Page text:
Alice Cooper discussed The Beatles drummer Ringo Starr and late The Who drummer Keith Moon showing up drunk to record with him in a new KLOS interview. Ringo Starr Made A Cryptic David Bowie Tweet.
He also discussed his classic band lineup breaking up, “When our band broke up, we didn’t divorce as much as we separated. There was no bad blood, there were no lawyers, there was no…
“It was just a matter of us all going in our different directions. We had just done five albums in a row without rest, we did five albums and toured – when we weren’t recording, we were touring.
“And it just got to a point where we were becoming dysfunctional, and I think we all recognized that.
“We just all spread apart, but we never ever were enemies. So, Dennis and I stayed in touch with each other over all those years, same with Neal, same with Mike, and Glen passed away…
“When Glen passed away… He was our Keith Richards, so it was never going to sound like Alice Cooper again without Glen. He was a very unique ingredient to Alice Cooper.
“And so on the last four albums that I’ve done, the original band has been on all four of those albums. They’ve done two or three songs on those albums, and they’re playing as well as they’ve ever played.
“Dennis, Neil, and Mike are playing just as valid as they’ve ever played. I’m doing more projects with them all the time. If people think that the original Alice Cooper band broke up – we didn’t really break up, we just separated for a while.
“[Producer] Bob Ezrin works you hard in the studio, but he gets the best out of you, and he gets you to do things that you didn’t think you could do.
“When we did the last European tour in England, the original band came out with us, and we would do our show, the regular show, and of course, my band with Nita [Strauss, guitar] and [drummer] Glen Sobel and [guitarist] Tommy Henriksen – that’s an all-star.
“That band is so tight it’s stupid – they’re so tight. And we got done with the show, curtains come down, and then the curtains come back up, and it’s the original band, and we did five songs.
“So the review, it said, ‘Oh man, the show was so good, it was sparkling, it was clean. Alice was at the top of his game, and then it got dangerous,’ because the original band played differently.
“They played a little heavier, they played a lot darker, and I sing even differently when I sing with the original band, so all of a sudden a song like ‘I’m Eighteen,’ it sounded like a threat.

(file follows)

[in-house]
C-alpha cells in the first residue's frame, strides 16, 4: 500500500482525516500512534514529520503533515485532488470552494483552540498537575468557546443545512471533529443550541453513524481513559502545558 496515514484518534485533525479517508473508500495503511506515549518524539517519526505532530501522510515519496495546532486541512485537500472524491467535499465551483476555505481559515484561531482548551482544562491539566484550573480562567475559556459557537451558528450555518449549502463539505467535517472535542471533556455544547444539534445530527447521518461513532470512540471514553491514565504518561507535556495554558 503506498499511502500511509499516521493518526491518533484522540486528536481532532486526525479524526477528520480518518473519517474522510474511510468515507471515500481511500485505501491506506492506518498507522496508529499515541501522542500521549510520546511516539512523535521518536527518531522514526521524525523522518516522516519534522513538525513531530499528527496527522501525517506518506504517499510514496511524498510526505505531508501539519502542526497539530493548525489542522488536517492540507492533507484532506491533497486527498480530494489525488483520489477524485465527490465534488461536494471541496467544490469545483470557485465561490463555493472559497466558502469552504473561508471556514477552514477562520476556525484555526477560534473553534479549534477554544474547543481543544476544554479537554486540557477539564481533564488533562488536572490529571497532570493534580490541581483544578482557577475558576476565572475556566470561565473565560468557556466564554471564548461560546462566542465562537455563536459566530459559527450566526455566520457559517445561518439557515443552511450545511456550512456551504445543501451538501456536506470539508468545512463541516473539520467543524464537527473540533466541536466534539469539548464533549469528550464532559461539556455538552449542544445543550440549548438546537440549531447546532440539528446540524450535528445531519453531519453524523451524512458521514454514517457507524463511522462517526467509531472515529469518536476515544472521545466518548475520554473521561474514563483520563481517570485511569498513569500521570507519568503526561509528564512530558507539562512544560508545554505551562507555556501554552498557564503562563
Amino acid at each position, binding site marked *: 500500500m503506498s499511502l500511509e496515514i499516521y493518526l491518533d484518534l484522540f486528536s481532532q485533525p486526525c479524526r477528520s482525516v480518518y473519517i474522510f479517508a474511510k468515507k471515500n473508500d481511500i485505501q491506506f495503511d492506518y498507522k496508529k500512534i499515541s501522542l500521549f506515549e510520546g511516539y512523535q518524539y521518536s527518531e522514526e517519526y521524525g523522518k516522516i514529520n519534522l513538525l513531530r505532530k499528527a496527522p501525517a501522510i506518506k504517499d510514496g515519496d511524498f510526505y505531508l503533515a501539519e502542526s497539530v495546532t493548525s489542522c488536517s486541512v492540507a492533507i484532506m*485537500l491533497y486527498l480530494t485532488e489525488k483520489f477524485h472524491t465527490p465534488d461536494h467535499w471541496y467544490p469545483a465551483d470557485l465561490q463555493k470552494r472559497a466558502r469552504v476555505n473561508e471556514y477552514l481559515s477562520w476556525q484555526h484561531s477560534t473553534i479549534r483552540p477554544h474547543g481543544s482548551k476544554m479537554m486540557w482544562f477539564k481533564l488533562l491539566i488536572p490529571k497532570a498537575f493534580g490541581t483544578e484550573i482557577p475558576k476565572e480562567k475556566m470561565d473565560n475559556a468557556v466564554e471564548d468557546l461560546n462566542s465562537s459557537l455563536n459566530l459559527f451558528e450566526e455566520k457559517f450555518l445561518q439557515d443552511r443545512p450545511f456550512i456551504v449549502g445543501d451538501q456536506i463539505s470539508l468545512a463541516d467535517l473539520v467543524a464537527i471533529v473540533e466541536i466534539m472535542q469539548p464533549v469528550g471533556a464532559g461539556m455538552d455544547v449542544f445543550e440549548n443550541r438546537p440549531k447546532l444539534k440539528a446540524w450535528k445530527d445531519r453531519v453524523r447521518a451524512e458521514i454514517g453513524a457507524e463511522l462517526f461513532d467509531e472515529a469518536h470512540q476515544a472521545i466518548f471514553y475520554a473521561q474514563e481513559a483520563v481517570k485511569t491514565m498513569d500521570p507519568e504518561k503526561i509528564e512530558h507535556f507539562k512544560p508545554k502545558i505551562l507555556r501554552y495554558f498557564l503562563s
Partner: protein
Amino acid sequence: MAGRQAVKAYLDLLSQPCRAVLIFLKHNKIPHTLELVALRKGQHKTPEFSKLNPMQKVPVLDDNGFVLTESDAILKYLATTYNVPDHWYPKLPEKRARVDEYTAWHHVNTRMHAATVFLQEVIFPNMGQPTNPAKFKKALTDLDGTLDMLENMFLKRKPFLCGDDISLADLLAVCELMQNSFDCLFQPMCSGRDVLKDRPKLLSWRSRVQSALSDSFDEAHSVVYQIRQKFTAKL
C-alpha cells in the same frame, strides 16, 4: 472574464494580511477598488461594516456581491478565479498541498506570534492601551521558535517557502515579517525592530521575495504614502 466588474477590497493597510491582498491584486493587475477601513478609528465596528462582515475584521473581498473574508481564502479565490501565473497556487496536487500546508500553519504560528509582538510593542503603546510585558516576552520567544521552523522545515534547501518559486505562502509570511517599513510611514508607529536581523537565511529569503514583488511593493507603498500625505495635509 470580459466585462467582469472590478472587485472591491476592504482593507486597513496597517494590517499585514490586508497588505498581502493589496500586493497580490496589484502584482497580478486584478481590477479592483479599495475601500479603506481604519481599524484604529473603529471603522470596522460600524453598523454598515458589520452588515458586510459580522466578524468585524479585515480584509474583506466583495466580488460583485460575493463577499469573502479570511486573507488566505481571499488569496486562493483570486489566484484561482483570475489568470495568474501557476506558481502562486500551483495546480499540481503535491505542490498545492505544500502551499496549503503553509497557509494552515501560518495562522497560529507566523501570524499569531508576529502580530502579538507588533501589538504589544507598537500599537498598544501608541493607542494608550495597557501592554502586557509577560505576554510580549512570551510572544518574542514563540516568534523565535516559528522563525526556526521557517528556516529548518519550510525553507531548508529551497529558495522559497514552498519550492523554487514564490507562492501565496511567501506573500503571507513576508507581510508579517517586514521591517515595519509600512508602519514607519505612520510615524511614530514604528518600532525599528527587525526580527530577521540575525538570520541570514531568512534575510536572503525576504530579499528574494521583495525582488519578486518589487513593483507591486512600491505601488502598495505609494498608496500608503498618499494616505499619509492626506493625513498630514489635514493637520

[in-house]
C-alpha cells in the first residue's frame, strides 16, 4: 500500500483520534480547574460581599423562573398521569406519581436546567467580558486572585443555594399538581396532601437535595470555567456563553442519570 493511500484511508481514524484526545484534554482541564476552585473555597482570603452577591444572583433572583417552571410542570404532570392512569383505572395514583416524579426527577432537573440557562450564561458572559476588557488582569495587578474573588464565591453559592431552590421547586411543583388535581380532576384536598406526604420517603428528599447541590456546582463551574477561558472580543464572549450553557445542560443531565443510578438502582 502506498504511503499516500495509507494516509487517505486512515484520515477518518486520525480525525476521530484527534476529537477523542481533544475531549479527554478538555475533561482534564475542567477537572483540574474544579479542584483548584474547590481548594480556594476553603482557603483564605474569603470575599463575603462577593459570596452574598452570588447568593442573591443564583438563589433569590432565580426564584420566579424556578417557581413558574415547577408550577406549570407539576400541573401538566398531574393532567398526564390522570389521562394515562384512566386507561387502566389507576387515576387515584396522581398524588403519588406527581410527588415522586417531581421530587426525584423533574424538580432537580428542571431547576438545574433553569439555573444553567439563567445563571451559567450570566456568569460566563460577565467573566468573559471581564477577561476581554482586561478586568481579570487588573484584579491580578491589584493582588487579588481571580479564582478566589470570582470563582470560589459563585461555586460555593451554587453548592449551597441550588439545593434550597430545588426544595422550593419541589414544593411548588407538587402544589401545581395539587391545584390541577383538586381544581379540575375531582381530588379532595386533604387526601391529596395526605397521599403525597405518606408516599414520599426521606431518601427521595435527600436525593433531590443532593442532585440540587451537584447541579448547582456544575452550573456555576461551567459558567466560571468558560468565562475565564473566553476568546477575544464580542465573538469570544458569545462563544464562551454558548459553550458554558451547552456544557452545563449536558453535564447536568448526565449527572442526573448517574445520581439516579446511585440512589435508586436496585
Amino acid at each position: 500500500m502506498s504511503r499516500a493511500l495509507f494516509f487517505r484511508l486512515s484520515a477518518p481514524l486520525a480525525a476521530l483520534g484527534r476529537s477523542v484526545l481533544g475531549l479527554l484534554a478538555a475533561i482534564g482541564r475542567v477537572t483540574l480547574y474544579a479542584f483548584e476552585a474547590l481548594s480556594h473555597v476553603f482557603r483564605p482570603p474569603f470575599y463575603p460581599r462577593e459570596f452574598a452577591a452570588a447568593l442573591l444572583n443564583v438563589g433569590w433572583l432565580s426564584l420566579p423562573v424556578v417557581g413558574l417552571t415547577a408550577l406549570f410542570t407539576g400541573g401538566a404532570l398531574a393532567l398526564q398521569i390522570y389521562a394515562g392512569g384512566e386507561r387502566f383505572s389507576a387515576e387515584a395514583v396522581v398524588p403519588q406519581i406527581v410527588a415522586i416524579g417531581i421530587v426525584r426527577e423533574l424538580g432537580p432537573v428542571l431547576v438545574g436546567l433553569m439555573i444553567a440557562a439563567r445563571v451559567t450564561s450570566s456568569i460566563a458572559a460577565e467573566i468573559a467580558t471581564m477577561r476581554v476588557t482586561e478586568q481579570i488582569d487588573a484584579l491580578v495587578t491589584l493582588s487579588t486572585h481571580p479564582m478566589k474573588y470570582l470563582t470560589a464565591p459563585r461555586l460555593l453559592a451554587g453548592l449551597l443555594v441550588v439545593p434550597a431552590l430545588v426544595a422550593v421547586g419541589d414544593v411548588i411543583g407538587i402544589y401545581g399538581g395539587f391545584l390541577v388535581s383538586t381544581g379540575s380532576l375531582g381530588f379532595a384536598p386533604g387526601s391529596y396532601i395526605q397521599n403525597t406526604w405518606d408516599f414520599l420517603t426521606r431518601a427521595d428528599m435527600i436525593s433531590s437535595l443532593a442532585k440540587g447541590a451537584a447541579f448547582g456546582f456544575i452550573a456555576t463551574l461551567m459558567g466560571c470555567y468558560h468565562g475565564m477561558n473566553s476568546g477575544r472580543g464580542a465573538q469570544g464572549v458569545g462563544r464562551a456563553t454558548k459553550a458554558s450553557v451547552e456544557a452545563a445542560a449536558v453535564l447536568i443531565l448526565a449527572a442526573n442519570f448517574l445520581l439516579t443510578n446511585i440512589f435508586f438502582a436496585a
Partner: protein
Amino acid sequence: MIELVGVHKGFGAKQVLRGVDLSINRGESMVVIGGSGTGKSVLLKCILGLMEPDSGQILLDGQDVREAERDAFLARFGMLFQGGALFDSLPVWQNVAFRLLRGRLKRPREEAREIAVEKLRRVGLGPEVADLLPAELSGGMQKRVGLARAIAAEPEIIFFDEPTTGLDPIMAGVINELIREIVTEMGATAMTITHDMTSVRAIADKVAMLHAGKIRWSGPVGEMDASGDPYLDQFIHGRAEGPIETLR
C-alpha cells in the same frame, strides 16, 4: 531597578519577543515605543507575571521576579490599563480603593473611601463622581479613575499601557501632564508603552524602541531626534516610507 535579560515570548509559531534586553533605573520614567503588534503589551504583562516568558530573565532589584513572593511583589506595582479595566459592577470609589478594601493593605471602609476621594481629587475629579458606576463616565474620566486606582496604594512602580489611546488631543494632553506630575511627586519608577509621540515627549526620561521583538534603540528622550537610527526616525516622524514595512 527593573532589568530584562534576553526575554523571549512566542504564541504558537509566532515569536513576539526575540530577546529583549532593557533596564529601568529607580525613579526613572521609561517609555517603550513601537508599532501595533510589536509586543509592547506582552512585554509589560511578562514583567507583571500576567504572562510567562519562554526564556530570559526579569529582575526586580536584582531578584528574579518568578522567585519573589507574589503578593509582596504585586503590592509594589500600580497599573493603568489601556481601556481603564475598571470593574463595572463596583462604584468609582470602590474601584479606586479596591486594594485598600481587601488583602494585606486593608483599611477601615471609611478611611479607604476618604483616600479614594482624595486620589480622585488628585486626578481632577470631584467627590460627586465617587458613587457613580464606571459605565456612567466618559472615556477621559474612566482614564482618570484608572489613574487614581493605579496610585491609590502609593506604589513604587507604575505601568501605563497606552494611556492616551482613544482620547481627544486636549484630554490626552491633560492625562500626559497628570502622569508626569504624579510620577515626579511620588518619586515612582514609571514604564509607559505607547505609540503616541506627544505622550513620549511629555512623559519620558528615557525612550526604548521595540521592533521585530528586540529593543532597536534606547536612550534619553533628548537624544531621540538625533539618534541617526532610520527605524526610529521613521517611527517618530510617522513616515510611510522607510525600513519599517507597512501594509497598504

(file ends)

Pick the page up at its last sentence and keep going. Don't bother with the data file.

“That’s the great thing about it, it was the fact that the original band has still got that, they still got that dangerous thing about them, and that’s why I love working with the guys.”
The interviewer said, “One of the great stories I’ve always loved is how the  song ‘Billion Dollar Babies’ was recorded – tell me about that session.”
Cooper responded, “Well, we had already done [1972’s] ‘School’s Out,’ which was, it was a No. 1 album in England, and so we decided to record ‘Billion Dollar Babies’ at Morgan Studios in London.
“And we got there, and so we’re pretty much at the end of a session, and all of a sudden, here comes Harry Nilsson, Marc Bolan, Ringo [Starr], Keith Moon, Ric Grech, and they all decide they’re gonna play on a song.
“What they didn’t realize was that we were just as drunk at that point of the night. Ezrin was the only one that was sober because it was the end of the night. We’d already finished recording.
“So Keith Moon picks up a guitar, Harry Nilsson gets on the drums, everybody’s playing the instrument they don’t play, the only guy playing a real instrument I think was Marc Bolan. To this day, we can’t remember who played on what on that album.
“There was a version of ‘Put the Lime in the Coconut,’ that if it ever gets released, we’ll all be in jail.
“There was another version of ‘Jailhouse Rock’ I think we did, and finally, Bob Ezrin had to put an end to the session because it was just so incredibly silly.
“We started doing the credits on the album, we couldn’t remember where Marc Bolan played, what song, and we couldn’t remember where Harry played piano, or where Keith Moon played drums or Ringo, any of that stuff.
“I mean, that was definitely one of the… When you hear stories about the ’70s, this was one of the stories. This was equal to the last weekend that night at the Morgan Studios.” Ultimate-Guitar transcribed his comments.